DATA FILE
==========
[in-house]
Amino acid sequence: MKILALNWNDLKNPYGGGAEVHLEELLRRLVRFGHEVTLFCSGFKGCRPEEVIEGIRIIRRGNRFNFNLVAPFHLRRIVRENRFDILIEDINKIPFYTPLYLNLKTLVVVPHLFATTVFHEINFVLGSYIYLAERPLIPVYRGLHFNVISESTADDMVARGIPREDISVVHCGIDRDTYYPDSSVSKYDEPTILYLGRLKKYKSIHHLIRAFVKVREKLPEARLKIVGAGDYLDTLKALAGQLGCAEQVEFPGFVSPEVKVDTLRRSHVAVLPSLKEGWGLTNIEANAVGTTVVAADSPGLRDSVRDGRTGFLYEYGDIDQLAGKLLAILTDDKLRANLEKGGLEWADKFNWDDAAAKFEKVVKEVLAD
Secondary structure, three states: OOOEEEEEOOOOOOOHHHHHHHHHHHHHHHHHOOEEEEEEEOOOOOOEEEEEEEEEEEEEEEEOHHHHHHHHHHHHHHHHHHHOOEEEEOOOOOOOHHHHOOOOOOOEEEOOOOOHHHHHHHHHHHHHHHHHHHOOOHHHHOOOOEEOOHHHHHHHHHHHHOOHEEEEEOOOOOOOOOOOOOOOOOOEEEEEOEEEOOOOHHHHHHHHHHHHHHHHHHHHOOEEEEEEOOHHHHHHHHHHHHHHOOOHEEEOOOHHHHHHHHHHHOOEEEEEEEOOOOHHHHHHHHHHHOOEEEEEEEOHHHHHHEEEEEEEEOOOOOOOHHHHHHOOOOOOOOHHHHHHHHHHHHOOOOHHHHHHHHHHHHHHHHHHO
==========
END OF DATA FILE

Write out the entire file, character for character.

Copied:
[in-house]
Amino acid sequence: MKILALNWNDLKNPYGGGAEVHLEELLRRLVRFGHEVTLFCSGFKGCRPEEVIEGIRIIRRGNRFNFNLVAPFHLRRIVRENRFDILIEDINKIPFYTPLYLNLKTLVVVPHLFATTVFHEINFVLGSYIYLAERPLIPVYRGLHFNVISESTADDMVARGIPREDISVVHCGIDRDTYYPDSSVSKYDEPTILYLGRLKKYKSIHHLIRAFVKVREKLPEARLKIVGAGDYLDTLKALAGQLGCAEQVEFPGFVSPEVKVDTLRRSHVAVLPSLKEGWGLTNIEANAVGTTVVAADSPGLRDSVRDGRTGFLYEYGDIDQLAGKLLAILTDDKLRANLEKGGLEWADKFNWDDAAAKFEKVVKEVLAD
Secondary structure, three states: OOOEEEEEOOOOOOOHHHHHHHHHHHHHHHHHOOEEEEEEEOOOOOOEEEEEEEEEEEEEEEEOHHHHHHHHHHHHHHHHHHHOOEEEEOOOOOOOHHHHOOOOOOOEEEOOOOOHHHHHHHHHHHHHHHHHHHOOOHHHHOOOOEEOOHHHHHHHHHHHHOOHEEEEEOOOOOOOOOOOOOOOOOOEEEEEOEEEOOOOHHHHHHHHHHHHHHHHHHHHOOEEEEEEOOHHHHHHHHHHHHHHOOOHEEEOOOHHHHHHHHHHHOOEEEEEEEOOOOHHHHHHHHHHHOOEEEEEEEOHHHHHHEEEEEEEEOOOOOOOHHHHHHOOOOOOOOHHHHHHHHHHHHOOOOHHHHHHHHHHHHHHHHHHO